His ability to present all this objectively and to bring out the contribution of each avenue of research has helped me get my bearings among so many approaches to explaining depression.
A second important dimension consists of the insights from Kramer’s vivid portrayals of his own patients. One chapter describes the sudden and dramatic change for the better some depressed people undergo, what he calls the “return.” He tells the story of a woman whose personality after recovery turned out to be completely different from the depressed one he had come to know in treatment.
At the moment he was expecting some praise or thanks for his therapeutic skills, the restored patient rebuked him instead. She was angry that he had taken that ill self too seriously, humoring it, dealing with it as if it were the real her.
“With Margaret, in employing the most basic elements of therapy – empathy, tentative interpretation, the search for meaning – I had in effect sided with the illness and against the person Margaret was in health. The feelings I had underscored for Margaret were foreign to her. She experienced them, she reported them, but there is a sense in which they were not hers.”
The illness had projected a false personality that had hidden the real Margaret from her own awareness. This story and several of similar depth helped me understand the power of depression to shape my beliefs about the kind of person I was. This has been a basic insight of my own healing.
Speaking of Sadness by David Karp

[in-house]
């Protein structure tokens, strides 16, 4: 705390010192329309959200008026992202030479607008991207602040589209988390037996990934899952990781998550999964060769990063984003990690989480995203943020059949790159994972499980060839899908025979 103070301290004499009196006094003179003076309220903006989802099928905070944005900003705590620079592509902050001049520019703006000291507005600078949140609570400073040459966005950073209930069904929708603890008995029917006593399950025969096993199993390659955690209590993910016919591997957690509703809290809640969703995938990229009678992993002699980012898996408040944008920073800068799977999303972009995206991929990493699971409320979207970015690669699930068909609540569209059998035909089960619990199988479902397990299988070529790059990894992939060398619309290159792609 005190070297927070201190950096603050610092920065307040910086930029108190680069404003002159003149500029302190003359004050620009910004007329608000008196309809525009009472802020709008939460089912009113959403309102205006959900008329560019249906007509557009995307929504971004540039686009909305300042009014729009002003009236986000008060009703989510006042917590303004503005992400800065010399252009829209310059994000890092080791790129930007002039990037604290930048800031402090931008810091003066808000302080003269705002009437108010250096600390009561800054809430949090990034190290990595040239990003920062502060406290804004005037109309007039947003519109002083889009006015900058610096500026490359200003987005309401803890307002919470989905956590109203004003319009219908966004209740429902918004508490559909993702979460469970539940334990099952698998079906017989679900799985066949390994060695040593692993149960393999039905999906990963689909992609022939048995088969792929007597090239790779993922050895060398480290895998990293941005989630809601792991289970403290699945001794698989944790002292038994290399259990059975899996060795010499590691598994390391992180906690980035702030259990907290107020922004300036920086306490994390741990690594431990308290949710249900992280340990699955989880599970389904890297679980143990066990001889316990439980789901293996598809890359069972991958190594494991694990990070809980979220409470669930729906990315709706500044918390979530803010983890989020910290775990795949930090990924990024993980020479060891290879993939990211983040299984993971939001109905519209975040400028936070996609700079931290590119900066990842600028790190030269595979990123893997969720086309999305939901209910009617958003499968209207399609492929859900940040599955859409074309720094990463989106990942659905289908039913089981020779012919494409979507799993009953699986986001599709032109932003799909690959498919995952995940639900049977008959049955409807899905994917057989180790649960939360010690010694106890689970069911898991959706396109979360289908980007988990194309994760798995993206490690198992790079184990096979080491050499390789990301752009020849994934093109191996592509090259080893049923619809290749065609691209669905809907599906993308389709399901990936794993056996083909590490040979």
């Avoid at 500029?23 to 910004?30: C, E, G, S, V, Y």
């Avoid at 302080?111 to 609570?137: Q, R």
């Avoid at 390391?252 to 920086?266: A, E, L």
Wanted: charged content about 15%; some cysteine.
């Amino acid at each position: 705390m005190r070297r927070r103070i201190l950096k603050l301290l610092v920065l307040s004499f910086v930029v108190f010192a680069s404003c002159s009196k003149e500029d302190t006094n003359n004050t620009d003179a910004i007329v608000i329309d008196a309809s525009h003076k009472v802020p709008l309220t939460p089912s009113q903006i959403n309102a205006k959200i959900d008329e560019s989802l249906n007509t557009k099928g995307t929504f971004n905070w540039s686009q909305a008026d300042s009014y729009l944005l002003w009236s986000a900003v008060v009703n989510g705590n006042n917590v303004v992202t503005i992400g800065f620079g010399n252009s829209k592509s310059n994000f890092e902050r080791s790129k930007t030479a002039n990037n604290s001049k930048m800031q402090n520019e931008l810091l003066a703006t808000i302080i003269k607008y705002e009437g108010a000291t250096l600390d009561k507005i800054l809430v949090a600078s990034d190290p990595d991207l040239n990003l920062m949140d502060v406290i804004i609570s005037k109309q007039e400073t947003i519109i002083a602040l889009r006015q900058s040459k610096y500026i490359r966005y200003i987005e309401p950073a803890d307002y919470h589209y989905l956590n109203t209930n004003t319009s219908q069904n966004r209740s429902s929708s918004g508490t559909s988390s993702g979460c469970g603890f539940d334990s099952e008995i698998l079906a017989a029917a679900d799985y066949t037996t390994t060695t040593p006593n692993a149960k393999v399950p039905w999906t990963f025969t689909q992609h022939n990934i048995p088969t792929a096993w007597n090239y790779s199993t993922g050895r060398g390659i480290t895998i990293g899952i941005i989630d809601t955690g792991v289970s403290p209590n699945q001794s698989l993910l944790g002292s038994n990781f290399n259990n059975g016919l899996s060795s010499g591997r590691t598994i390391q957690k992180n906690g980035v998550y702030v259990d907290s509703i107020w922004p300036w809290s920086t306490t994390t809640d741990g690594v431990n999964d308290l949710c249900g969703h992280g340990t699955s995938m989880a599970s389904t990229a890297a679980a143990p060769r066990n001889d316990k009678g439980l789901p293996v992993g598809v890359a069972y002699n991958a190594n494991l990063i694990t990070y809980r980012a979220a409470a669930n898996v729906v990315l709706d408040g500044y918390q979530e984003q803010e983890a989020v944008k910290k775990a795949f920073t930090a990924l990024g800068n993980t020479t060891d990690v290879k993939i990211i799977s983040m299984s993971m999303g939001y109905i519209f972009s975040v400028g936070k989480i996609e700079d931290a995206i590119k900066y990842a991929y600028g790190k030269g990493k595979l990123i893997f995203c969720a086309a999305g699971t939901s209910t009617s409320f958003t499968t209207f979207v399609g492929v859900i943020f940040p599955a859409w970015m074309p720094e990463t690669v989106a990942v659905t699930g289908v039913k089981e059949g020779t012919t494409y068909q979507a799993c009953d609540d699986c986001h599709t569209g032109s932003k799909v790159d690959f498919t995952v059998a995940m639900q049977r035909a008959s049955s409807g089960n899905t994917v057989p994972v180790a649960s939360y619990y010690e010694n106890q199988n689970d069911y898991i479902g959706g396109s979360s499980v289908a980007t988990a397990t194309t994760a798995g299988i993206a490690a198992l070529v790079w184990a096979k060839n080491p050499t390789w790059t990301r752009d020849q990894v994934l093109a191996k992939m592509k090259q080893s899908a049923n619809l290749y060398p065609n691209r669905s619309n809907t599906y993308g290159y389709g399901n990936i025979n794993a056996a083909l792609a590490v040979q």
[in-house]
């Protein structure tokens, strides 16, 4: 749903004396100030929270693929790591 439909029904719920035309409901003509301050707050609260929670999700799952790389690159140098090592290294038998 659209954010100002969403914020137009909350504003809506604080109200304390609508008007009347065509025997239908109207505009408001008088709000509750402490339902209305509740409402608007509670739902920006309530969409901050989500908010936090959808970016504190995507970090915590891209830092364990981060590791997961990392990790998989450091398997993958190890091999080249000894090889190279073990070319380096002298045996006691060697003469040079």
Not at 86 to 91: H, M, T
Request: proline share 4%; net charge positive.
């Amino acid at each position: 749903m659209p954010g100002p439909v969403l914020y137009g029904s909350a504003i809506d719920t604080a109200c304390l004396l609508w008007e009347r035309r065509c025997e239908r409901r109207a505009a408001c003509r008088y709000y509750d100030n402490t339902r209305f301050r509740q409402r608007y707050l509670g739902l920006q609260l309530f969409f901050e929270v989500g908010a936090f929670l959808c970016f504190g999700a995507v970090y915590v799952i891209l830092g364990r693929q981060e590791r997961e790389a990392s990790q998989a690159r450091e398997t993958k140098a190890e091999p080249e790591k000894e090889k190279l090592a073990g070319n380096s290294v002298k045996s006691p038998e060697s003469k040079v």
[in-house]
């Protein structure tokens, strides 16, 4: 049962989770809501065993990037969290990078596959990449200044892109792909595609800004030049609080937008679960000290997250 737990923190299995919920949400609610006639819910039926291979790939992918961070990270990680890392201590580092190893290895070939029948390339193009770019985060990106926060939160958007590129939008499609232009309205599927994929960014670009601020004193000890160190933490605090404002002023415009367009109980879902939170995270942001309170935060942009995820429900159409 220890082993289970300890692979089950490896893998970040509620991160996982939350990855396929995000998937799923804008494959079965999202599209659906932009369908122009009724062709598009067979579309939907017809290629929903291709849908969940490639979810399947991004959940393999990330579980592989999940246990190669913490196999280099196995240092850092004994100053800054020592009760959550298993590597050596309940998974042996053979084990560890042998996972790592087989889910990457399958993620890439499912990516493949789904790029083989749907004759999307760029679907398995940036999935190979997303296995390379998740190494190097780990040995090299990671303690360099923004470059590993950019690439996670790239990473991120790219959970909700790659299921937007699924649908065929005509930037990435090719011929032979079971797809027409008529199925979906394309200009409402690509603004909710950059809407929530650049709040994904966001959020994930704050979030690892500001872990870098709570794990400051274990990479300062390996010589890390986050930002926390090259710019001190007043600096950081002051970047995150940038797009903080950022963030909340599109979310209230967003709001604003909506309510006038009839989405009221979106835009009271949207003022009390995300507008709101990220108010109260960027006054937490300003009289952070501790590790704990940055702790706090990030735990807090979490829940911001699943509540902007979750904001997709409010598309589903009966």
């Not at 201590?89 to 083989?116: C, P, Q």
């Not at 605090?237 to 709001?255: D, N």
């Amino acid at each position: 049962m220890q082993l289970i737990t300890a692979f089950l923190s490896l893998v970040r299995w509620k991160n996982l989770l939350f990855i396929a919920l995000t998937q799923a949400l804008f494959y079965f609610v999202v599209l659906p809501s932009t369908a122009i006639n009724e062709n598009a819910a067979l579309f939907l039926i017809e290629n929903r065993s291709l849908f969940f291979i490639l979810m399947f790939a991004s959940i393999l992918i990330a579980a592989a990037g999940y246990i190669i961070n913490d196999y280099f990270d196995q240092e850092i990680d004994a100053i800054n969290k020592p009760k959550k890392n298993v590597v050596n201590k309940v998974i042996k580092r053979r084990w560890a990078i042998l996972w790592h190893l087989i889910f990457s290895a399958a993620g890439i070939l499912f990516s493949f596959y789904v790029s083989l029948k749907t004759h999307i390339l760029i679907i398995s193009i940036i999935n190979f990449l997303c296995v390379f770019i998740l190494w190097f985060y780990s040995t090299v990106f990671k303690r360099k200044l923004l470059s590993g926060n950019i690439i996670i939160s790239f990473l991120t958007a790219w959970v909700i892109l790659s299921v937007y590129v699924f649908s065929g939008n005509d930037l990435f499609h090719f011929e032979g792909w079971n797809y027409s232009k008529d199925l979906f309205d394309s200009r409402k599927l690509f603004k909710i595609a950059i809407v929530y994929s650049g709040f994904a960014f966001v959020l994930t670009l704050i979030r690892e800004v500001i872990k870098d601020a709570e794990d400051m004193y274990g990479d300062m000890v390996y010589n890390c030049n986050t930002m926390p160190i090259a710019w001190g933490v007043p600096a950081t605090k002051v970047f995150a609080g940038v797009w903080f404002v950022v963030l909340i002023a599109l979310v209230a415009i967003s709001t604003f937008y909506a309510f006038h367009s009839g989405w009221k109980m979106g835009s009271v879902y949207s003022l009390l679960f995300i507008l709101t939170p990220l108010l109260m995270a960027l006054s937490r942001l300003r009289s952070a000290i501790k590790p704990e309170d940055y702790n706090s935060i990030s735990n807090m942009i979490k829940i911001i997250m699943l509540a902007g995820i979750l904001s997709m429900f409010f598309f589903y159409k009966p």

Based on interviews with 50 people living with depression, Karp found a pattern of four broad stages that each person went through in dealing with the illness that led to a new identity.
First comes a period of inchoate feelings when you notice a number of problems long before you have any idea about depression, or even the words to describe it.
Next comes a recognition that these are serious problems. You start to think that “something must really be wrong with me.”
Then a crisis happens. You’re in more pain and chaos than you’ve ever known. Things seem so out of control that you know you need some sort of help and seek it out.
The fourth stage is coming to grips with long-term depression. Something changes as you go through recurring episodes and perhaps find that treatment isn’t getting the job done. You start to think of depression as part of who you are.
It’s in this fourth stage that you may develop a depression identity, as Karp calls it. Then you need to find a way of living with the illness indefinitely.You may accept depression as your dominant condition that is occasionally interrupted by periods of partial recovery. Or you may believe the opposite, that you are basically healthy but sometimes get depressed.
It’s common to find a higher purpose in the pain of depression, that it leads to insight and a level of spirituality that otherwise would not have been possible. However you may think about your life with recurrent depression, your beliefs are likely to change. You may go through critical times when new crises or information force you to redefine yourself and reinterpret your previous experience.
Why Zebras Don’t Get Ulcers by Robert Sapolsky